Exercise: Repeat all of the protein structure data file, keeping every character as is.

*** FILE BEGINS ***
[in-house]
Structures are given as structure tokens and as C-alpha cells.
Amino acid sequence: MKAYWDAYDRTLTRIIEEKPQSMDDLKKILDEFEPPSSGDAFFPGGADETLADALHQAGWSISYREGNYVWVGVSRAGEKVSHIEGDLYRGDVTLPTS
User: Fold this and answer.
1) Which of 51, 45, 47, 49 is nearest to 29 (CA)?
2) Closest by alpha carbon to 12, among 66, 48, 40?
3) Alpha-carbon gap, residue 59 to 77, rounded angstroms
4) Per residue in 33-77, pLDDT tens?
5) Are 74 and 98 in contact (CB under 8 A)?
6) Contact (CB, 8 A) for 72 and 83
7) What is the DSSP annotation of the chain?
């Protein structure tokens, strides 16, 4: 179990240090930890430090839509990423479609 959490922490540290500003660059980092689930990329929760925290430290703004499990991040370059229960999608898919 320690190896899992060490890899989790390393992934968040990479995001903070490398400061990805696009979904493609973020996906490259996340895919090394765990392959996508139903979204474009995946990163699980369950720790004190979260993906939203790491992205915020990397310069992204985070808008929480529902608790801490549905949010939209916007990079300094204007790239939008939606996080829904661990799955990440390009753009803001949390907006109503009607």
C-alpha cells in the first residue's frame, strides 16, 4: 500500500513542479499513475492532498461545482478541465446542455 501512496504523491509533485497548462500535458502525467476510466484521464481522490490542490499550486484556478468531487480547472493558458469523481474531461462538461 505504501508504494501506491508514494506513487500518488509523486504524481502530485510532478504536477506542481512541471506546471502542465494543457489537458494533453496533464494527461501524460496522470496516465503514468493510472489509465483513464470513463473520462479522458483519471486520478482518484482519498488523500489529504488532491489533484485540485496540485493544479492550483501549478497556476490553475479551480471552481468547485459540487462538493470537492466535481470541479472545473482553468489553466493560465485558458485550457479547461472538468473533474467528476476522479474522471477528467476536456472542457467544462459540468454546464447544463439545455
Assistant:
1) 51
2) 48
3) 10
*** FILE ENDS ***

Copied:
[in-house]
Structures are given as structure tokens and as C-alpha cells.
Amino acid sequence: MKAYWDAYDRTLTRIIEEKPQSMDDLKKILDEFEPPSSGDAFFPGGADETLADALHQAGWSISYREGNYVWVGVSRAGEKVSHIEGDLYRGDVTLPTS
User: Fold this and answer.
1) Which of 51, 45, 47, 49 is nearest to 29 (CA)?
2) Closest by alpha carbon to 12, among 66, 48, 40?
3) Alpha-carbon gap, residue 59 to 77, rounded angstroms
4) Per residue in 33-77, pLDDT tens?
5) Are 74 and 98 in contact (CB under 8 A)?
6) Contact (CB, 8 A) for 72 and 83
7) What is the DSSP annotation of the chain?
């Protein structure tokens, strides 16, 4: 179990240090930890430090839509990423479609 959490922490540290500003660059980092689930990329929760925290430290703004499990991040370059229960999608898919 320690190896899992060490890899989790390393992934968040990479995001903070490398400061990805696009979904493609973020996906490259996340895919090394765990392959996508139903979204474009995946990163699980369950720790004190979260993906939203790491992205915020990397310069992204985070808008929480529902608790801490549905949010939209916007990079300094204007790239939008939606996080829904661990799955990440390009753009803001949390907006109503009607």
C-alpha cells in the first residue's frame, strides 16, 4: 500500500513542479499513475492532498461545482478541465446542455 501512496504523491509533485497548462500535458502525467476510466484521464481522490490542490499550486484556478468531487480547472493558458469523481474531461462538461 505504501508504494501506491508514494506513487500518488509523486504524481502530485510532478504536477506542481512541471506546471502542465494543457489537458494533453496533464494527461501524460496522470496516465503514468493510472489509465483513464470513463473520462479522458483519471486520478482518484482519498488523500489529504488532491489533484485540485496540485493544479492550483501549478497556476490553475479551480471552481468547485459540487462538493470537492466535481470541479472545473482553468489553466493560465485558458485550457479547461472538468473533474467528476476522479474522471477528467476536456472542457467544462459540468454546464447544463439545455
Assistant:
1) 51
2) 48
3) 10